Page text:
Articles and news stories are constantly pushing me to consider something new, broaden my perspective, or change the way I look at an issue. My husband likes to joke that my brain explodes with something new on a daily basis. These articles – and the brain explosions that result from them – are so beneficial for me that I wanted to create a place where I could share them, in case you might want to read them, too. Learn more about Things that Made My Brain Explode – and see past posts – here.
Here’s a recent batch of Things that Made my Brain Explode:
- Happy Pride Month! You’re probably noticing lots of rainbow branded products and Pride-themed collections populating store windows and websites. And if you’re anything like me, you’ll want to buy all of them and then feel warm and fuzzy for helping a wonderful cause. But how much do these products really “help” – and what, exactly, are they helping? Vox takes a deep dive with How LGBTQ Pride Month became a branded holiday. The article is long – with lots of opportunity for continued research – but absolutely worth your time.
- Looking for companies that talk the talk and walk the walk? Sephora Is Supporting Trans People With Its Latest Campaign And Collection; Jonathan Van Ness Continues To Destroy Stereotypes With Essie Partnership. Neither company is perfect, but they’re both making a statement that matters. (If you’re not familiar with the name Jonathan Van Ness, go Google. He’s a ray of sunshine that gives us all a new, modern, beautiful look of what a man can be.)
- Speaking of what a man can be: Why We Need To Keep Talking About What Happened After That Horrific Baseball Accident.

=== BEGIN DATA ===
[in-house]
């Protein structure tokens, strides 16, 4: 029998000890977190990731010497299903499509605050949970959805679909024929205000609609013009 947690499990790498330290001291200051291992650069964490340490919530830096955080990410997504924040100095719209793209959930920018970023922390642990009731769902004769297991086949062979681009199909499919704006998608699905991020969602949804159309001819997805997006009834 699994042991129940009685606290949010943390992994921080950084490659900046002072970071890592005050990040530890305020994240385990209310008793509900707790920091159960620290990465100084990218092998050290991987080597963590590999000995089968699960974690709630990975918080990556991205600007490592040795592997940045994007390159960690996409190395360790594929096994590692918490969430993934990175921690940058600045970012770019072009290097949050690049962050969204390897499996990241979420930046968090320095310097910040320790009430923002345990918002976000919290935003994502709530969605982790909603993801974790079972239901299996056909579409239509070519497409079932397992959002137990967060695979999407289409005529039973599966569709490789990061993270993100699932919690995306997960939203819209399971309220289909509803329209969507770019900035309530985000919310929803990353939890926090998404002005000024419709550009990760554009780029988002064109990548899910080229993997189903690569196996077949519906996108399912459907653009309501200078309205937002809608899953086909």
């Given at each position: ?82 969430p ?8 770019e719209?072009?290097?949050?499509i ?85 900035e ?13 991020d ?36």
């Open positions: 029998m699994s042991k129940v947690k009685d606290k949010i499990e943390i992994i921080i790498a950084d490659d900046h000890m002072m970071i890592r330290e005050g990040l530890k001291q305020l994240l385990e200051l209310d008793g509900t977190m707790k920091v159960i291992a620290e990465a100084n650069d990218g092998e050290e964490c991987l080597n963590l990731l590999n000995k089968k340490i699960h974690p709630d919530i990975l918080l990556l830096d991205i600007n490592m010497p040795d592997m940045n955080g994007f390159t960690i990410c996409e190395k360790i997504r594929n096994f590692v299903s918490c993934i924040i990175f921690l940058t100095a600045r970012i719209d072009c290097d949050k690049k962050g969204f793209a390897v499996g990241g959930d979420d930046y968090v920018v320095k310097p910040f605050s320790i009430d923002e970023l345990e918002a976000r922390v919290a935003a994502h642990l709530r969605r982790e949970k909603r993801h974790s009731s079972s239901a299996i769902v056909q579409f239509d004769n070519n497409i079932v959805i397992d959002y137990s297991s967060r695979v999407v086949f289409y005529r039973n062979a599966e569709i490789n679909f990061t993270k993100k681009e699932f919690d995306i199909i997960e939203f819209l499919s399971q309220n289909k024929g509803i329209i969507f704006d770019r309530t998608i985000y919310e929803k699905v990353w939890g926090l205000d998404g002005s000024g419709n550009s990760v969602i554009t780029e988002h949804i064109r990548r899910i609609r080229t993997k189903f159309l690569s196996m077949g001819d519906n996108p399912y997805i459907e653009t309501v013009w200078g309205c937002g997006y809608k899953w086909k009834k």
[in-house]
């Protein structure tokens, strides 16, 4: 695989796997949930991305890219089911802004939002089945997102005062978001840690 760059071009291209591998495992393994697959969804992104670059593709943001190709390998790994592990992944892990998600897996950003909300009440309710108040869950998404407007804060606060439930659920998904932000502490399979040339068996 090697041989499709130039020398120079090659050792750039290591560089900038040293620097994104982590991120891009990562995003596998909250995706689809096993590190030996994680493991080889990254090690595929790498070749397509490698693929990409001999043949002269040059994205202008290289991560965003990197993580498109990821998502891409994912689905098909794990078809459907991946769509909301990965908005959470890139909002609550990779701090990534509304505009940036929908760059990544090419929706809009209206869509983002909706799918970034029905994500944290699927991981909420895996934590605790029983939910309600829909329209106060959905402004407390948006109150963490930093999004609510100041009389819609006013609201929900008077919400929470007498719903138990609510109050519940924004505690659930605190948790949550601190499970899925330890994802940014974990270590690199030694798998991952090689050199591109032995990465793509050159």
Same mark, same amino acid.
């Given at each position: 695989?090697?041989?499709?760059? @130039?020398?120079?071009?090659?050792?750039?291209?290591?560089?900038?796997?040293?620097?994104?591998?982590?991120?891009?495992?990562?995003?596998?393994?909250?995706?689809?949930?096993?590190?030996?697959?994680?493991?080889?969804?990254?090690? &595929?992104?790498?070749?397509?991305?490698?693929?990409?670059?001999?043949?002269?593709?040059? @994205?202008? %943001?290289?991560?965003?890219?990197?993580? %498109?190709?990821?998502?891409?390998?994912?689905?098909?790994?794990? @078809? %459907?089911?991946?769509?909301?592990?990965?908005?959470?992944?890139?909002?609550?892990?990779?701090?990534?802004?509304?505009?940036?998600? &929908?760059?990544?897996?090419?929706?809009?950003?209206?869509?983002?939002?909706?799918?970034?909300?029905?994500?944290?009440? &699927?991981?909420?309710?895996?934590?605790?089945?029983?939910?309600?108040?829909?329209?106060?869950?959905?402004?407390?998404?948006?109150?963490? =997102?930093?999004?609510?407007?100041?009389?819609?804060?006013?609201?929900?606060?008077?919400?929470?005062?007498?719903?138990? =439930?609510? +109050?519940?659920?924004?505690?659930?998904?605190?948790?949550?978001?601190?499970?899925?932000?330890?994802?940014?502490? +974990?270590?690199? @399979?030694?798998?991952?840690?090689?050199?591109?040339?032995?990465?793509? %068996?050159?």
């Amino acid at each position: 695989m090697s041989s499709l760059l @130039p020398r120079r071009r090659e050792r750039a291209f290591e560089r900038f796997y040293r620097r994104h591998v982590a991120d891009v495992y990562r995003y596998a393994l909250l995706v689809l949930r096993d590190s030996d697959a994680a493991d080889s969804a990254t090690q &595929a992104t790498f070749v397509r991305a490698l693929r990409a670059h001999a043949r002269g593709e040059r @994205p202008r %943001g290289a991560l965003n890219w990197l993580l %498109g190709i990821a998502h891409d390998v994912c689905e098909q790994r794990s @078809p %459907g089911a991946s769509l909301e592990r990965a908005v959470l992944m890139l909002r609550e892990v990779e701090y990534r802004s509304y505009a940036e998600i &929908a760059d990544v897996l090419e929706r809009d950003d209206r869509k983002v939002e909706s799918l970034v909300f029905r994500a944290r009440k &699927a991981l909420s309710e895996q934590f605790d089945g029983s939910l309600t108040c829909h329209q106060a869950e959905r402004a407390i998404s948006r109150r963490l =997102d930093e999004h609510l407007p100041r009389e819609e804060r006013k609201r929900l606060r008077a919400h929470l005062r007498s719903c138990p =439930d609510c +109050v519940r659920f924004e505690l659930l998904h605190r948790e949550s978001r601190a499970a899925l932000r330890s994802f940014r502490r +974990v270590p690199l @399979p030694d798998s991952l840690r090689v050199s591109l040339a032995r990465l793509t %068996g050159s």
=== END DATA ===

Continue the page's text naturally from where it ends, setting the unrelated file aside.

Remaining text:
Don’t offer thoughts and prayers; tell us you will vote. Originally published October 29, 2018. What a shame that it’s still perfectly relevant.
- “While diversity is about what students are in the room, inclusivity is about who feels like they belong, and everyone deserves that opportunity.” Why we need inclusive teaching in every classroom.
- Supporting LGBTQ Students in Elementary School. Easy, do-able steps to supporting children as they discover, question, learn about, and celebrate the LGBTQIA+ community.
- “So much is taken away from you when you have MS or other disabilities so when one of those things is given back it’s just brilliant, there aren’t words to describe how good it feels. It sounds childlike but it’s sheer joy and glee, it’s life-changing. […] St Andrews is an amazing place, how can we not allow everyone to have access to it?” One year on, St Andrews beach wheelchairs are ‘life changing’.
- As the school year wraps up and we give those final tearful hugs, I know that many of us are thinking: I hope I am not your favorite teacher.
- Via Donalyn Miller: “Check out this amazing list of 2019 MG and YA books featuring and written/illustrated by Indigenous people and people of color. Thank you, Edith Campbell for this invaluable resource.” Buy. Read. Recommend. Support with your dollars, your time, and your voice.
- 25 LGBTQAI+ Titles for Pride Month—and Onward. These titles have a happy home in our library this month and every month (at least the ones for grades 8 and below). Come read them any time!
- Cup of Jo blog has this awesome My Beauty Uniform series, where they feature favorite clothes and health and beauty tips from women in different career fields. This week: The Engineeress. #ilooklikeanengineer indeed.
- Pride: The Story of Harvey Milk and the Rainbow Flag challenged in Virginia School.
- Parents tell me all the time, “I don’t know how to talk to kids about racism.” And I always answer, “I don’t, either. But I’m so glad we’re trying.” This might help: How to talk to kids about racism: An age-by-age guide.